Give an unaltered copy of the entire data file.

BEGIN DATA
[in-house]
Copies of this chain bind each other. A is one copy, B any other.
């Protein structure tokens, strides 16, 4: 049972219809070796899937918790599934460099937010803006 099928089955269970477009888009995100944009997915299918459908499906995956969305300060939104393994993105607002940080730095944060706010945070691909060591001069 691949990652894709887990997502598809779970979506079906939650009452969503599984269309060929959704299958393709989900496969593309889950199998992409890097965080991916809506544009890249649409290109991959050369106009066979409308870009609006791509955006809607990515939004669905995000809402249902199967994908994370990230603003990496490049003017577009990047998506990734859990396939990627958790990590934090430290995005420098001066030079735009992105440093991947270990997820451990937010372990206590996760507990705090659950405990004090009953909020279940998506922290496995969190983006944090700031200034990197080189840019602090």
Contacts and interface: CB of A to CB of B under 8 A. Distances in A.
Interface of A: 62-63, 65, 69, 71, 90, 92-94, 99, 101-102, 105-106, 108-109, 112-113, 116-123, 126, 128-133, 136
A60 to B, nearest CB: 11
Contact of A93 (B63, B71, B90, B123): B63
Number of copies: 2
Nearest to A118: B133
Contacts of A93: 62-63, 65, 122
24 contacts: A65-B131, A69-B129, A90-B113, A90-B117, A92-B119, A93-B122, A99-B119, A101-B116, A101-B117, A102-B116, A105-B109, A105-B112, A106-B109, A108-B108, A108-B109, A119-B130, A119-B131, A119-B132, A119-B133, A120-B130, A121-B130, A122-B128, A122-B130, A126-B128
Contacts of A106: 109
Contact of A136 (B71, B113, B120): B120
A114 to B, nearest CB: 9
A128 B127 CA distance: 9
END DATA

[in-house]
Copies of this chain bind each other. A is one copy, B any other.
């Protein structure tokens, strides 16, 4: 049972219809070796899937918790599934460099937010803006 099928089955269970477009888009995100944009997915299918459908499906995956969305300060939104393994993105607002940080730095944060706010945070691909060591001069 691949990652894709887990997502598809779970979506079906939650009452969503599984269309060929959704299958393709989900496969593309889950199998992409890097965080991916809506544009890249649409290109991959050369106009066979409308870009609006791509955006809607990515939004669905995000809402249902199967994908994370990230603003990496490049003017577009990047998506990734859990396939990627958790990590934090430290995005420098001066030079735009992105440093991947270990997820451990937010372990206590996760507990705090659950405990004090009953909020279940998506922290496995969190983006944090700031200034990197080189840019602090």
Contacts and interface: CB of A to CB of B under 8 A. Distances in A.
Interface of A: 62-63, 65, 69, 71, 90, 92-94, 99, 101-102, 105-106, 108-109, 112-113, 116-123, 126, 128-133, 136
A60 to B, nearest CB: 11
Contact of A93 (B63, B71, B90, B123): B63
Number of copies: 2
Nearest to A118: B133
Contacts of A93: 62-63, 65, 122
24 contacts: A65-B131, A69-B129, A90-B113, A90-B117, A92-B119, A93-B122, A99-B119, A101-B116, A101-B117, A102-B116, A105-B109, A105-B112, A106-B109, A108-B108, A108-B109, A119-B130, A119-B131, A119-B132, A119-B133, A120-B130, A121-B130, A122-B128, A122-B130, A126-B128
Contacts of A106: 109
Contact of A136 (B71, B113, B120): B120
A114 to B, nearest CB: 9
A128 B127 CA distance: 9